What do Skeletons and Peonies Have in Common?

Hi friends! I am so glad to be back doodling around in a sketchbook today! After many weeks of spending my “free” time on assignments for a painting class I am taking it is fun to just play in a sketchbook!

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I started off wanting to do a bit of a Halloween sketch so I sketched a skeleton in ink in the sketchbook that came in my Smart Art Box but I didn’t think that this mixed media paper was best suited to ink as it bled through so I decided to also try my watercolors on it.

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The watercolor also wanted to absorb in and show through the back of the page a bit but I actually really loved the effect, it was like Chinese brush painting (not that I am trained in that discipline at all but I have played with the materials before) and I loved the effect. I also loved accenting that sketch with the flexible pen that also came in the box that I forgot to use in the first sketch. Remember, just because a supply came with certain things doesn’t mean you can’t try it out with something else you have that you might enjoy more. Any new supply you add to your stash should make your other supplies more useful (not redundant) and you often come up with really cool techniques when you use materials in new ways or in combination with other products. Mix up that media man! Watch the video to see these two paintings come together:)

The supplies in this video were in the October Smart Art Box. Smart Art sponsored this video and I thank them for their support. If you would like a surprise box of art supplies delivered to your door each month consider subscribing. They ship to many countries and you can find out more on their website.

Supply List: (Occasionally Smart Art will have additional boxes for sale. You can check availability here. As of now there are no extra October boxes listed so I have linked to the products on Amazon (affiliate links used) for your convenience.

Out of curiosity I looked up the prices of the products in the box on Amazon and they came out to about $61. I will definitely use these products in other projects (and yay they included my favorite fountain pen safe waterproof ink!) After I open and use my products from a subscription box I store the supplies with other “like” supplies so I will remember I have them the next time I need a pen or bottle of ink. I recommend doing this if you get random supplies here and there. I know it is tempting to keep kits or certain brands together but you will use them more (and they won’t dry up and go to waste because you forget you have them) if you store like with like. If I find I have a double I put the extra in my office art space (for when it’s too cold to craft down in the basement) or in my travel art bag or pass it along to a friend if it has a shelf life. I mention this because art subscription boxes are fun but you might forget what you got if you don’t put them in their proper homes after the first play. At least that’s how I am. I hope you enjoyed this sketchbook sunday and til next time happy crafting!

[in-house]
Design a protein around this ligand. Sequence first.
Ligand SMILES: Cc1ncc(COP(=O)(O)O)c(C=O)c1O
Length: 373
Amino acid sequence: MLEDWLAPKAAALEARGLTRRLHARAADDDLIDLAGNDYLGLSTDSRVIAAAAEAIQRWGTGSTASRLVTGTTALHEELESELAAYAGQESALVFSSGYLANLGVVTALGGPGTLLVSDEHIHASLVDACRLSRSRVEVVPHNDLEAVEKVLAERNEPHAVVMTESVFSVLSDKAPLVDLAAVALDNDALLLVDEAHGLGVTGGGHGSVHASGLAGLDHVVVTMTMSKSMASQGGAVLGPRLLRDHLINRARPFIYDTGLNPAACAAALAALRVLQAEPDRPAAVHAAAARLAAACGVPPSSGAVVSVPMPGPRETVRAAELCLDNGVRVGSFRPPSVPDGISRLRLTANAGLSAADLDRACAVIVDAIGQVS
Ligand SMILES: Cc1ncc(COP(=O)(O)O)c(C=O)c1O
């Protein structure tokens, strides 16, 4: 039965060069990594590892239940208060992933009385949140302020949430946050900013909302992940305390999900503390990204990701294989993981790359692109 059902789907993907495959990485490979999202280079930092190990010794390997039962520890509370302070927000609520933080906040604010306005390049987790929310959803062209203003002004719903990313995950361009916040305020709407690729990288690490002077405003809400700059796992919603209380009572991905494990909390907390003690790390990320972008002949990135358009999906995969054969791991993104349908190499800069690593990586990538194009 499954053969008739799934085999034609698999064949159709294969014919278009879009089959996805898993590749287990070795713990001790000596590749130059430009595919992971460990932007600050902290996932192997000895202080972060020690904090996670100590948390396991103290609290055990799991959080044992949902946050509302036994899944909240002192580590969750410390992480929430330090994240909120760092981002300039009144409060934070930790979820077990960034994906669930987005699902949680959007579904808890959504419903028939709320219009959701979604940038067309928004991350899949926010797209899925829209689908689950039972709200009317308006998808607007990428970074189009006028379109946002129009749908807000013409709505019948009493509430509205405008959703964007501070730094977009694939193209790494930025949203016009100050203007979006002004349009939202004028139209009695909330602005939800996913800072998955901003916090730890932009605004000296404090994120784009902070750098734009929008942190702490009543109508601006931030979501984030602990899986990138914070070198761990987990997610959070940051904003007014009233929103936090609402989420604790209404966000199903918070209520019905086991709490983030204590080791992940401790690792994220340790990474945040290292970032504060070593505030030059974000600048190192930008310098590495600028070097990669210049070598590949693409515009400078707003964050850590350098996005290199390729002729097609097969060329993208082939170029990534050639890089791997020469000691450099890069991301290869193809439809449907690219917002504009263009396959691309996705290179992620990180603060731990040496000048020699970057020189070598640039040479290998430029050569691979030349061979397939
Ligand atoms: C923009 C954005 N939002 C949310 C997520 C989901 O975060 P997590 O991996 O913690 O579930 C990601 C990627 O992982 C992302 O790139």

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2 Responses

  1. Have you ever tried to use Derwent Inktense Blocks to make a dip pen ink? It seems like a neat way to get a lot of colors (plus mixes) without buying a ton of expensive bottles of ink. It also doesn’t contain shellac which sometimes causes problems with pen clean up and opening bottles later. Storage is compact too with a flat tin of blocks.

    I wondered if it would need any other ingredients besides the ground Inktense block and water?

    I tried this with the only block I have (neutral gray). I got the block to do your recent watercolor grisaille project with the olive oil jar. Just used a zester to grind a little off the block. Then mixed the grounds with a little water. It seemed a little thin but worked OK with my Speedball dip pen.

    I also tried to make ink with a damaged Inktense Pencil (the lead was falling out). The pencil lead was very difficult to grind on the zester – the lead seems a lot harder than the block. I finally broke off a small piece and put it in a little water. That worked too but my dip pen was a little scratchy on my 100 lb smooth Bristol card stock. Might have been bearing down too hard or the ink may have been too thin and soaked into the paper a little too much.

    Inktense Block ink for dip pens would open up a lot of possibilities for colors for a non-shellac based ink made on demand.

    I just wondered if you had any suggestions for making Inktense ink for a dip pen?

    Like

  2. Lindsey, from our visit to the Long Beach Museum of Latin American Art yesterday.   Great exhibits on Southern California Chicano tattoo art, and a big exhibit on Judithe Hernandez art on women…fascinating art available on her website…and lots of other stuff.  I took a lt of pictures.   Tom Decker bu Sent from my Verizon, Samsung Galaxy smartphone

    Like

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